“A bill that would allow patients addicted to prescription drugs to sue the doctors who prescribed the medication — and the drug’s makers — was met with stiff opposition Wednesday in a Nevada legislative hearing.” Sen. Tick Segerblom (D-Las Vegas), who introduced SB 75, defended the measure: “They know the person can get addicted to the drug so they should pay for the process of them getting off it.” [AP; related effort to use drug-dealer-liability laws] (& White Coat)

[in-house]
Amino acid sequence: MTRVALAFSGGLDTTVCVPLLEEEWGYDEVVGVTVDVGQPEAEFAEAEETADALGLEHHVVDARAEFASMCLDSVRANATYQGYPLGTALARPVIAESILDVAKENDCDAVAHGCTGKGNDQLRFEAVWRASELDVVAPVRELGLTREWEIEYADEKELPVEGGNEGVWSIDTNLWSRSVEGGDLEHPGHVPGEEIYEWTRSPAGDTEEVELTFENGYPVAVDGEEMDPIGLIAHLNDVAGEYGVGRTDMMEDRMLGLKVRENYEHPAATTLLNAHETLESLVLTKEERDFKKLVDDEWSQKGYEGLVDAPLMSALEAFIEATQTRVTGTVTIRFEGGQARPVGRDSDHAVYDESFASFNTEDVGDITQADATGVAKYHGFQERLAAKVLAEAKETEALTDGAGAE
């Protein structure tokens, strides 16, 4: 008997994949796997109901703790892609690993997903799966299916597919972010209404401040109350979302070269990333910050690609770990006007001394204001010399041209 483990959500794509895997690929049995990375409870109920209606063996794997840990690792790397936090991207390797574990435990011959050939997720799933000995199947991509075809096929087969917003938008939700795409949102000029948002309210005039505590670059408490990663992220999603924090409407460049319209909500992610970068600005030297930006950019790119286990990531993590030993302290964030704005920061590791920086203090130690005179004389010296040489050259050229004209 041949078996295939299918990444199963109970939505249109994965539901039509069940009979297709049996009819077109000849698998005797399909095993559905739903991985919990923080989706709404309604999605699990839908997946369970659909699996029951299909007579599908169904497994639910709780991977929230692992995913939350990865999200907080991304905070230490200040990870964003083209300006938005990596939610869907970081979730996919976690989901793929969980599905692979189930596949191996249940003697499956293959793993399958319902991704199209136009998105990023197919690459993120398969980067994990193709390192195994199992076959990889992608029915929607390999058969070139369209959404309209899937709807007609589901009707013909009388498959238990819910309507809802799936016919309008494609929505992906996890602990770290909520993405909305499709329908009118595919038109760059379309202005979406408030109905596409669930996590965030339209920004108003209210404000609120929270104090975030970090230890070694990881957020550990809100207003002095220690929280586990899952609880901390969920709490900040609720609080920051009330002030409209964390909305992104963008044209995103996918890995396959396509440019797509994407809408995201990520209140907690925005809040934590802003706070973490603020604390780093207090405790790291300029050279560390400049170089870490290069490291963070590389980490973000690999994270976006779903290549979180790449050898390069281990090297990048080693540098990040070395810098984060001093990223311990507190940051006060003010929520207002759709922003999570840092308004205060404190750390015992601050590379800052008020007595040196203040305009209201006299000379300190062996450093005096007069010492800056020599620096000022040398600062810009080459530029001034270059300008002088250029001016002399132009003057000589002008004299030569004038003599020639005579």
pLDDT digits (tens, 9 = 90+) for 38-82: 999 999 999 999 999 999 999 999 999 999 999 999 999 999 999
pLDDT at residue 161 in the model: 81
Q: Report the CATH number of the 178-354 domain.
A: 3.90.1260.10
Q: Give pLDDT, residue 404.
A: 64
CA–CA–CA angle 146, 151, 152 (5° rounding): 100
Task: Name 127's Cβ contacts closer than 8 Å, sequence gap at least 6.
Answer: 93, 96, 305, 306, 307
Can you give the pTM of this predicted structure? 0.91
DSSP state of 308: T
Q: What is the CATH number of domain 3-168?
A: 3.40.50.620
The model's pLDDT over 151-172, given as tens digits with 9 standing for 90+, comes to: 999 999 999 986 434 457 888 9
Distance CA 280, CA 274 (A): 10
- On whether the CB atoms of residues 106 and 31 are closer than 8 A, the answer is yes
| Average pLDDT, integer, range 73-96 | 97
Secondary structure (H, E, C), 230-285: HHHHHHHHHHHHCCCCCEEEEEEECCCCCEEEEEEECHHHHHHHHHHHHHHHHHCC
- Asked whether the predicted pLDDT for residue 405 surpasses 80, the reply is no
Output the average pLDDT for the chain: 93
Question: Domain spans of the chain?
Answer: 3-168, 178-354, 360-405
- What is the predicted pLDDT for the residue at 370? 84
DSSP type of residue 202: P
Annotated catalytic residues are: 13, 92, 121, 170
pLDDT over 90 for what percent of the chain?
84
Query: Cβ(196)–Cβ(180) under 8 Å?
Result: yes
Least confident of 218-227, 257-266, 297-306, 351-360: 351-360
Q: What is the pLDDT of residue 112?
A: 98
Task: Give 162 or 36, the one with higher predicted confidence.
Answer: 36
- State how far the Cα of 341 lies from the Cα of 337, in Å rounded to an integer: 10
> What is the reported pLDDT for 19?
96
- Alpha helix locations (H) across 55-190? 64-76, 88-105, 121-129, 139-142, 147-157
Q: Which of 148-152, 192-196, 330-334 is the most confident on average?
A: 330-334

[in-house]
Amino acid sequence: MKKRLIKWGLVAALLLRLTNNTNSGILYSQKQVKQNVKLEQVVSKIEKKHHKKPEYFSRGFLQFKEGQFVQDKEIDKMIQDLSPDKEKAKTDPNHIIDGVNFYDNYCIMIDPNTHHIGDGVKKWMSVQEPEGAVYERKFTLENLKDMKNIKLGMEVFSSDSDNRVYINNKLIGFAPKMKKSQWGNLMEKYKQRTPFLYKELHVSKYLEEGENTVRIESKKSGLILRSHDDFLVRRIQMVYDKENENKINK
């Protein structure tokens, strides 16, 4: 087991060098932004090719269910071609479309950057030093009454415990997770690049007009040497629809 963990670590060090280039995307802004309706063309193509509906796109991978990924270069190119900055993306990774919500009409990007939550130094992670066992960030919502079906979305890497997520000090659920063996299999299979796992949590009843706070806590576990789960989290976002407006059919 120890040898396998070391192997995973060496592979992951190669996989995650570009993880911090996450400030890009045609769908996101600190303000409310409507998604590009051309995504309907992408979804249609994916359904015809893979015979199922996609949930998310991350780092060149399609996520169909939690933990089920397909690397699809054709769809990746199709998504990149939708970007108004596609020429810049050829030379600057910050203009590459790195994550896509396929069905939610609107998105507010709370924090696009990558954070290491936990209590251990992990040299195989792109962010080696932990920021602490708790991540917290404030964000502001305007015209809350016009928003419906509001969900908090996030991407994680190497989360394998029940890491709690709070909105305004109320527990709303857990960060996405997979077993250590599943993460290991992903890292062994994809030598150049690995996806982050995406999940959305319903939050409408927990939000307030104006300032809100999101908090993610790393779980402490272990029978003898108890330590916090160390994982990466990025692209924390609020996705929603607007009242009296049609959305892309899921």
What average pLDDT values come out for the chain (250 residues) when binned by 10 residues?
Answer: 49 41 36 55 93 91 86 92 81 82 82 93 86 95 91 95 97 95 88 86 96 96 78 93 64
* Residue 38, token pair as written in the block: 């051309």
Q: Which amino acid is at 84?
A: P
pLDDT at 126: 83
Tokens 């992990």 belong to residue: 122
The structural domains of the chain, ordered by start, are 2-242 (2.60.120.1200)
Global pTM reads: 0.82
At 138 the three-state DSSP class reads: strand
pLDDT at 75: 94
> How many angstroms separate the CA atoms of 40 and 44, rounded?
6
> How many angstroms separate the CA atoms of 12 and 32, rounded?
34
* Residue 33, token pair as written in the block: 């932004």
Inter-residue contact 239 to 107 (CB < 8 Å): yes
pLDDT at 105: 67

Compounding pharmacies, which mix medications to order, are a corner of the drug business that has been much less heavily regulated than mass-manufacturing drug companies. As a result, the compounders began expanding their market presence as against the mass manufacturers, and even get into mass manufacturing methods themselves. The process accelerated in the past few years after tightened FDA control of conventional makers’ production practices (under GMP, or Good Manufacturing Practice, regulation) began to result in widespread production-line suspensions; for hospitals and other users, the availability of compounded alternatives is often the only fallback in the face of shortages.